In today’s video you made two very valid points:
• The five largest stocks account for 45% of the US Biotech Index.
Biotech stocks present a short to medium term investment opportunity.
Thank you for this email and I agree explosive breakouts can be hard to deal with. At The Chart Seminar we define ranges as explosions waiting to happen. Ranges are boring relative to the trending phases so we tend to be surprised by the ferocity of breakouts when they occur even though when a range is completed we expect prices to rise quickly because the breakout punctures a vacuum of supply above the range.
I discussed the argument for a rotation into Biotechnology on June 14th as it was looking increasingly likely that a breakout was imminent.
For investors entering on a breakout there is often a perception of great uncertainty because they have to assume the advance will continue. Of course the higher prices move away from the range, the greater the potential that a consolidation will result in the opening position sitting in negative territory, until the advance resumes or in a worst case scenario the breakout fails. That will result in some people deciding to wait for a pullback while accepting that a pullback might occur at higher levels. Those people waiting to enter represent a source of potential demand during consolidations and if the group is sizeable will help the market sustain the breakout.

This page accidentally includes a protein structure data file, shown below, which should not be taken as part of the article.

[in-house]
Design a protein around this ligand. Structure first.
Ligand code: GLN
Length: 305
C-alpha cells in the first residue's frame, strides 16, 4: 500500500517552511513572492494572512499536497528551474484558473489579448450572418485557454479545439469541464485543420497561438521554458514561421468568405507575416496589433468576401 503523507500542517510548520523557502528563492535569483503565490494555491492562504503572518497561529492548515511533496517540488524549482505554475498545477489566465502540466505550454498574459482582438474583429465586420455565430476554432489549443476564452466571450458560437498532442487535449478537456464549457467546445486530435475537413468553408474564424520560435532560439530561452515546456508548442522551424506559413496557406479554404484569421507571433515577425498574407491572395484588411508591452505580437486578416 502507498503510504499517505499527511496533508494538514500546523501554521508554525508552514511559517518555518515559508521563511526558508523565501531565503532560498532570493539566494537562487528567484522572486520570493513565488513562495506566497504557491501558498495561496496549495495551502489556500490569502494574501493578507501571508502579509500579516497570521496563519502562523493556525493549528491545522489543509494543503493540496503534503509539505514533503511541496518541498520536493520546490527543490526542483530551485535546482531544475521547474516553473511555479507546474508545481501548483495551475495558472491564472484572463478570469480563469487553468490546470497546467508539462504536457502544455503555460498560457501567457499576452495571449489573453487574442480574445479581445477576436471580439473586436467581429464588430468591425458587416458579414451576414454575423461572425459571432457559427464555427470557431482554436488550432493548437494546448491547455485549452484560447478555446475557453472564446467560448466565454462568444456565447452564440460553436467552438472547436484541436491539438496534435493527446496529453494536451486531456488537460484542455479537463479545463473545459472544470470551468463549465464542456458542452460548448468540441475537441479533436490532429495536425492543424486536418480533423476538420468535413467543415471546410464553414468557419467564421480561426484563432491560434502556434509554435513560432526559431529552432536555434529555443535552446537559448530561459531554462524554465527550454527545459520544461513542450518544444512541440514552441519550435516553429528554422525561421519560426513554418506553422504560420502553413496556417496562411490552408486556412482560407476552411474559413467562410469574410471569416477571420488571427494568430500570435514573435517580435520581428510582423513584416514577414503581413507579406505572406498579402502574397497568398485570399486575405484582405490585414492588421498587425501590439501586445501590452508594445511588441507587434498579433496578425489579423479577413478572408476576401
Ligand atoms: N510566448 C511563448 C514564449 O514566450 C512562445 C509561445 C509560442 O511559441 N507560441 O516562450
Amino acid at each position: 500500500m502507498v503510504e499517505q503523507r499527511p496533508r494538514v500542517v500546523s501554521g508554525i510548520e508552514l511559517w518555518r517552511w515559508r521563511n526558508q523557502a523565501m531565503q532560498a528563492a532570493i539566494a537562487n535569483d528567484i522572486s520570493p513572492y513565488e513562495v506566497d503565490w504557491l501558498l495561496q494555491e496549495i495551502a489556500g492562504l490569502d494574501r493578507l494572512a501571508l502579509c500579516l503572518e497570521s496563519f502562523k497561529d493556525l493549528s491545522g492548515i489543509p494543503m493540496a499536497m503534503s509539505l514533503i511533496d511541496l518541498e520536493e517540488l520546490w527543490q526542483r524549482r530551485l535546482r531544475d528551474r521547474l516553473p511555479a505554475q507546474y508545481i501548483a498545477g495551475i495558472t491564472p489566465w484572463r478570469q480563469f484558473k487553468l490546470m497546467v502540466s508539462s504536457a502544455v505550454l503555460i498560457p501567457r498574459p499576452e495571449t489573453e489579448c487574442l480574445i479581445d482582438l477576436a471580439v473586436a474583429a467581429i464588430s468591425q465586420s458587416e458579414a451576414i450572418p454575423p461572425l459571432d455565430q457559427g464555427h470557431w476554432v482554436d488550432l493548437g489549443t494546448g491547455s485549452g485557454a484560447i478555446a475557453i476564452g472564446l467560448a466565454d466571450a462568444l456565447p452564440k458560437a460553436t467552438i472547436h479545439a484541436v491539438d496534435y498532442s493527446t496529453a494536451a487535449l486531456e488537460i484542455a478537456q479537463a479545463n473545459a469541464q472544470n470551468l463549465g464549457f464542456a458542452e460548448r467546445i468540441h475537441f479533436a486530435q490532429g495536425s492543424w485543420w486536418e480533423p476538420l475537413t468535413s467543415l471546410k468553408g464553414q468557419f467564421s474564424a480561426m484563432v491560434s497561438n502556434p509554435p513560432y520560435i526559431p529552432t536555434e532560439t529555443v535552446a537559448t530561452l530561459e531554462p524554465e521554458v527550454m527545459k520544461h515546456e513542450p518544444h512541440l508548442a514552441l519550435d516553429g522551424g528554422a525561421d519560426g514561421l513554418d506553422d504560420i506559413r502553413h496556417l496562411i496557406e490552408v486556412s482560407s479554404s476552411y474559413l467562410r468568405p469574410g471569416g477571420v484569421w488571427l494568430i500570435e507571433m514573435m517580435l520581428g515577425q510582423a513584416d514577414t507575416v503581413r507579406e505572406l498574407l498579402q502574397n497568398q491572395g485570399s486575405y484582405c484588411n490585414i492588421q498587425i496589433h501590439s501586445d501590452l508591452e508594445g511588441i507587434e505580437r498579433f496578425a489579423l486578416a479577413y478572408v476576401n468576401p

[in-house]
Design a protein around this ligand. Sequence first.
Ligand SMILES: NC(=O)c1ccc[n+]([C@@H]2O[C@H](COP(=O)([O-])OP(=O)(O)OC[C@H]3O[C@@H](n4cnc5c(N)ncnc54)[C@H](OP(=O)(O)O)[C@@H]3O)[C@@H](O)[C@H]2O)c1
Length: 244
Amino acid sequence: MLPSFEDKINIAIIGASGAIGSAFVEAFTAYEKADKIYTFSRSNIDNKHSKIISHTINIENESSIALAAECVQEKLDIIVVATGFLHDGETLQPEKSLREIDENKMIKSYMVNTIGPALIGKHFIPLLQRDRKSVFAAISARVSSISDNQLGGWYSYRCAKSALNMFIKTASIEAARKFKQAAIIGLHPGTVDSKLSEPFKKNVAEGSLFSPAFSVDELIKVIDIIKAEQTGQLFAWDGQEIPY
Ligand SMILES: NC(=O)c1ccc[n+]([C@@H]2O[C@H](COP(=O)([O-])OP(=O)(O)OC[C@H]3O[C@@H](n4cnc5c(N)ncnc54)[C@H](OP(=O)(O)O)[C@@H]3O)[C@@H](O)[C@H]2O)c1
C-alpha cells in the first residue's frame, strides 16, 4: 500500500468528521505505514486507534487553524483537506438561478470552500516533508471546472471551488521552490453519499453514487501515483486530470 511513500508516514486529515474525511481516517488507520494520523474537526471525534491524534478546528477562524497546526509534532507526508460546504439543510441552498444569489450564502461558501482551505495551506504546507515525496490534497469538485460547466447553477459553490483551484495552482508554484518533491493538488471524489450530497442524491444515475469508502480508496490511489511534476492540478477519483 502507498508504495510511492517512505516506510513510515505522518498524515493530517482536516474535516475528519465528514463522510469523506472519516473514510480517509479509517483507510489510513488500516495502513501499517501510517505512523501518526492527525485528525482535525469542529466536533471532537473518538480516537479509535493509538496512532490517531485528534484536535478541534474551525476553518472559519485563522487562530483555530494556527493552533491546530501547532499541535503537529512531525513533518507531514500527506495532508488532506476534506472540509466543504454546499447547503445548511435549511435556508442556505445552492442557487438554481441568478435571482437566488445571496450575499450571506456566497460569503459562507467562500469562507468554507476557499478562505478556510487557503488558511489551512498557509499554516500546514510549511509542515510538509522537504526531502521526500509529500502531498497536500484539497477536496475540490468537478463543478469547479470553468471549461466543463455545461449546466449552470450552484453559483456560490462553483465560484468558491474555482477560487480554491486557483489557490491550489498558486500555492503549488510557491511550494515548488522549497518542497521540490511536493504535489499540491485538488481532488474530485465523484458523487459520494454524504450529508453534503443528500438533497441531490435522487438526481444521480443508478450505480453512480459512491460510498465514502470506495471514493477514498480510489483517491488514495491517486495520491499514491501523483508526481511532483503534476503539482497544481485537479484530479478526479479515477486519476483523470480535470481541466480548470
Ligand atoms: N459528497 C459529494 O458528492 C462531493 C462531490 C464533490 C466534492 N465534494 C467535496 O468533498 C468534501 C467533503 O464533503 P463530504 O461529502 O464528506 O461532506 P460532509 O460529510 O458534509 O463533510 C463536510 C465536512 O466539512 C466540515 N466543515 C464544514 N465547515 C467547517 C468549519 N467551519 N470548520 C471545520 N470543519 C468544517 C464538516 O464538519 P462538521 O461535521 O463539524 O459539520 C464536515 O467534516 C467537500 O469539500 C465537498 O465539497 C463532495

A sustained move back below the 200-day MA would be required to question medium-term scope for additional upside.
One of the primary catalysts for the breakout has been the absence of any mention of drug pricing in the US Senate’s healthcare plan. That issue could resurface at some point but for the moment the administration likely has other priorities.
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